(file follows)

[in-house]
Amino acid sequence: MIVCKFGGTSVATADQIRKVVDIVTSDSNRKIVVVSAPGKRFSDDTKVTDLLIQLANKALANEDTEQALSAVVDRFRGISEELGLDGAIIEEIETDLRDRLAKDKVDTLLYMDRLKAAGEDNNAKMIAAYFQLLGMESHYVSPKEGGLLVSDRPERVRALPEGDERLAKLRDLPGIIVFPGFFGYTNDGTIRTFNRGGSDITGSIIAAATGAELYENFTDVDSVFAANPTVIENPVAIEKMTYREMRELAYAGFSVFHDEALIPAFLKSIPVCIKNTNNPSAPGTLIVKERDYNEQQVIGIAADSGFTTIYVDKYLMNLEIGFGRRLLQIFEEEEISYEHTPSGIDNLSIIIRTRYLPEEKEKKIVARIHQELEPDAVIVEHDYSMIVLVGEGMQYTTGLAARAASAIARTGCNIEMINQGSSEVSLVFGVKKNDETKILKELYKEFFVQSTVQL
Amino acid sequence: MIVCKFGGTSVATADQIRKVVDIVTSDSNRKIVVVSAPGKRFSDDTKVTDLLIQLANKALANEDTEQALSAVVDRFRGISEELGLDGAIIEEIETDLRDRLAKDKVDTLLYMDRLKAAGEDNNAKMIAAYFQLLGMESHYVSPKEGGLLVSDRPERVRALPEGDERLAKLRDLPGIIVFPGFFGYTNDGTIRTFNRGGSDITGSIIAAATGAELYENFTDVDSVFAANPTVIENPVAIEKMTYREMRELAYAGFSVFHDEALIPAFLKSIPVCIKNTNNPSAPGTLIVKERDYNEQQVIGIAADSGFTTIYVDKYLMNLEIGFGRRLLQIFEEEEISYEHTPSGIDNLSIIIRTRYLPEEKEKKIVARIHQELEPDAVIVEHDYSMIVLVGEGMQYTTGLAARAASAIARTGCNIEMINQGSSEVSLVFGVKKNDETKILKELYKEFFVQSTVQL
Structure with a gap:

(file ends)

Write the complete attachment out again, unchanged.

[in-house]
Amino acid sequence: MIVCKFGGTSVATADQIRKVVDIVTSDSNRKIVVVSAPGKRFSDDTKVTDLLIQLANKALANEDTEQALSAVVDRFRGISEELGLDGAIIEEIETDLRDRLAKDKVDTLLYMDRLKAAGEDNNAKMIAAYFQLLGMESHYVSPKEGGLLVSDRPERVRALPEGDERLAKLRDLPGIIVFPGFFGYTNDGTIRTFNRGGSDITGSIIAAATGAELYENFTDVDSVFAANPTVIENPVAIEKMTYREMRELAYAGFSVFHDEALIPAFLKSIPVCIKNTNNPSAPGTLIVKERDYNEQQVIGIAADSGFTTIYVDKYLMNLEIGFGRRLLQIFEEEEISYEHTPSGIDNLSIIIRTRYLPEEKEKKIVARIHQELEPDAVIVEHDYSMIVLVGEGMQYTTGLAARAASAIARTGCNIEMINQGSSEVSLVFGVKKNDETKILKELYKEFFVQSTVQL
Amino acid sequence: MIVCKFGGTSVATADQIRKVVDIVTSDSNRKIVVVSAPGKRFSDDTKVTDLLIQLANKALANEDTEQALSAVVDRFRGISEELGLDGAIIEEIETDLRDRLAKDKVDTLLYMDRLKAAGEDNNAKMIAAYFQLLGMESHYVSPKEGGLLVSDRPERVRALPEGDERLAKLRDLPGIIVFPGFFGYTNDGTIRTFNRGGSDITGSIIAAATGAELYENFTDVDSVFAANPTVIENPVAIEKMTYREMRELAYAGFSVFHDEALIPAFLKSIPVCIKNTNNPSAPGTLIVKERDYNEQQVIGIAADSGFTTIYVDKYLMNLEIGFGRRLLQIFEEEEISYEHTPSGIDNLSIIIRTRYLPEEKEKKIVARIHQELEPDAVIVEHDYSMIVLVGEGMQYTTGLAARAASAIARTGCNIEMINQGSSEVSLVFGVKKNDETKILKELYKEFFVQSTVQL
Structure with a gap: